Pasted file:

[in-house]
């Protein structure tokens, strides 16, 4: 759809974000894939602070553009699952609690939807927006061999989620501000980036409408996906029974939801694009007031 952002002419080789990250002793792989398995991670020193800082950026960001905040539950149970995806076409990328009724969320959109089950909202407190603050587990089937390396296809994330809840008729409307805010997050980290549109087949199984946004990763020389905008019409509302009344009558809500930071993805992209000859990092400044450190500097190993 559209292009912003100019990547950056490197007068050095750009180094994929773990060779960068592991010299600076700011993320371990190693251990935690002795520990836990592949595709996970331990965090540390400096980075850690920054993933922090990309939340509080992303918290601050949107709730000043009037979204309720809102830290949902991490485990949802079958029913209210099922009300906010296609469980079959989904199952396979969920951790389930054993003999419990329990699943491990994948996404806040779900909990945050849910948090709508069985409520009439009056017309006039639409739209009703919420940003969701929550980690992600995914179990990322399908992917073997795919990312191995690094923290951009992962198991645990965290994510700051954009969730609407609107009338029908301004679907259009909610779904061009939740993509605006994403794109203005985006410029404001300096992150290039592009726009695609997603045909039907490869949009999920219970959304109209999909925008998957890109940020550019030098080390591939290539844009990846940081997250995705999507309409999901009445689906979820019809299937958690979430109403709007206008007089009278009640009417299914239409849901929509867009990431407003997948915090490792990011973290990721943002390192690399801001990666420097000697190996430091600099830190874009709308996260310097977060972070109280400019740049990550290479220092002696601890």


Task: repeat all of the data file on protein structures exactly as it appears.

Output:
[in-house]
């Protein structure tokens, strides 16, 4: 759809974000894939602070553009699952609690939807927006061999989620501000980036409408996906029974939801694009007031 952002002419080789990250002793792989398995991670020193800082950026960001905040539950149970995806076409990328009724969320959109089950909202407190603050587990089937390396296809994330809840008729409307805010997050980290549109087949199984946004990763020389905008019409509302009344009558809500930071993805992209000859990092400044450190500097190993 559209292009912003100019990547950056490197007068050095750009180094994929773990060779960068592991010299600076700011993320371990190693251990935690002795520990836990592949595709996970331990965090540390400096980075850690920054993933922090990309939340509080992303918290601050949107709730000043009037979204309720809102830290949902991490485990949802079958029913209210099922009300906010296609469980079959989904199952396979969920951790389930054993003999419990329990699943491990994948996404806040779900909990945050849910948090709508069985409520009439009056017309006039639409739209009703919420940003969701929550980690992600995914179990990322399908992917073997795919990312191995690094923290951009992962198991645990965290994510700051954009969730609407609107009338029908301004679907259009909610779904061009939740993509605006994403794109203005985006410029404001300096992150290039592009726009695609997603045909039907490869949009999920219970959304109209999909925008998957890109940020550019030098080390591939290539844009990846940081997250995705999507309409999901009445689906979820019809299937958690979430109403709007206008007089009278009640009417299914239409849901929509867009990431407003997948915090490792990011973290990721943002390192690399801001990666420097000697190996430091600099830190874009709308996260310097977060972070109280400019740049990550290479220092002696601890």